For as long as he can remember, 32-year-old Desmond Blair thought he wanted to be an artist. For as long as he can remember, people told him to think again.
“People are going to talk about you, but you can spend your time worrying about what they’re saying or you can spend your time getting better at what you want to do,” Desmond said.
The problem—for everyone else—wasn’t the dream, it was the dreamer.
Born without hands, Desmond spent much of his childhood in the hospital. Still, he insisted that was no reason to give up on his dream.
“The quickest way to get me to do something and prove you wrong and not only prove you wrong, but shove your face in it was to tell me I wouldn’t be able to do something,” he said.
That meant doing everything to prove them wrong.
A big fan of superheroes, Desmond would spend hours drawing his favorite characters. He even found a way to turn his bullies into art. “I turn people into supervillains in my own little stories and stuff like that,” he said.
He got to be pretty good, but eventually put his dream on hold for a job as a project manager at Scottish Rite Hospital, the same hospital that took care of him as a child. He's been managing the IT systems there for about five years now.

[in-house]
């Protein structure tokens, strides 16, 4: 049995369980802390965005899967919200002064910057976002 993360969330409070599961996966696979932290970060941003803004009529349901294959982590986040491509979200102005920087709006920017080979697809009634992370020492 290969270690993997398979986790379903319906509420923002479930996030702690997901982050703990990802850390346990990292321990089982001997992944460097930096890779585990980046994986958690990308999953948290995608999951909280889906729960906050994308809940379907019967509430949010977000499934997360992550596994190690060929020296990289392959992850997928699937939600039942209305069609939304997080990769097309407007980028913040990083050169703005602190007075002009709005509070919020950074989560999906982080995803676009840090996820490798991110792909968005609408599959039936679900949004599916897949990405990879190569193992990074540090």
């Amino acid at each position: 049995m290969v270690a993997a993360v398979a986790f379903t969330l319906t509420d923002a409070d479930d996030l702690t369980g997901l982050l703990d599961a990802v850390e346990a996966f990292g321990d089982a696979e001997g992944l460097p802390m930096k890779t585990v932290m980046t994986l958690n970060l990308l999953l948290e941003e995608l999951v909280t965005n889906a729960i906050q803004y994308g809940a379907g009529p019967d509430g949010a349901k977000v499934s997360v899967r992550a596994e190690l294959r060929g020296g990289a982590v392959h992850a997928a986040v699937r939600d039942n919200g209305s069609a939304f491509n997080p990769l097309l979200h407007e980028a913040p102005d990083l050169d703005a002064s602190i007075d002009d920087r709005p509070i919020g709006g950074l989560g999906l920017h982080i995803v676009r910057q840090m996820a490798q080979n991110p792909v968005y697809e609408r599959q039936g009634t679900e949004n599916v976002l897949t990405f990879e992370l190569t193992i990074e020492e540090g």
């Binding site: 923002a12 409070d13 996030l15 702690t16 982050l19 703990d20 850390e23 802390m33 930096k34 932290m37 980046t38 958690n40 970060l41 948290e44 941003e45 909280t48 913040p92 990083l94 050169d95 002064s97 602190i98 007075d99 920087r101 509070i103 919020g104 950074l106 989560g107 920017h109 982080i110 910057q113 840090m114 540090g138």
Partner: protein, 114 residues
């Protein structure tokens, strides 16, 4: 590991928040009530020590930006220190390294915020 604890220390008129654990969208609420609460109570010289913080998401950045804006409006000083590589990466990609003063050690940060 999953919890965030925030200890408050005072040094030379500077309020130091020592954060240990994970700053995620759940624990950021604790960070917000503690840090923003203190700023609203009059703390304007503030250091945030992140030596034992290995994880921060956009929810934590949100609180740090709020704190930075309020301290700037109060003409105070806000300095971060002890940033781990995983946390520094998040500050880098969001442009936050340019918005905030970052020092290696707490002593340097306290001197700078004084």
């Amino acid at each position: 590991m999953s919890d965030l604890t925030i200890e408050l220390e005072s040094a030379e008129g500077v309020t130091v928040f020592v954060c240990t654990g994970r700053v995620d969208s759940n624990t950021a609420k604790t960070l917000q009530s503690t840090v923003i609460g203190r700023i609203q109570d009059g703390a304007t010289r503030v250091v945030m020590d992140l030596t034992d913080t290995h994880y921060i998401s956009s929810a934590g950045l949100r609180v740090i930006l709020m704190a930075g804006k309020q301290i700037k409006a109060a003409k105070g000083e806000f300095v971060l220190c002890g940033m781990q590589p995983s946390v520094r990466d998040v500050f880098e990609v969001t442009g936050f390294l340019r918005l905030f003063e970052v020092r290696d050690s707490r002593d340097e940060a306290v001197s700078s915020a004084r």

No matter how busy he got, he never let go of his art. Desmond picked up his brushes and continued painting. Whenever he wasn’t at work he was painting.
People on the other side of the canvas still questioned his ability. “You can see it in their face,” Desmond said. “‘How? How does he paint? Maybe he does abstract art.’”
For those who have come around, they can see his gift.
Desmond can do without hands what a typical artist spends a lifetime perfecting. His portraits are so real and so authentic that his work has been sought after all over the country.
He still works at the hospital but has enough success with art to make a living. How often, with people like Desmond, do we focus on what's not there and fail to recognize the beauty of what's possible?
Desmond's hope is that his paintings will inspire us to look beyond the surface to see what's truly underneath.
By: Sean Giggy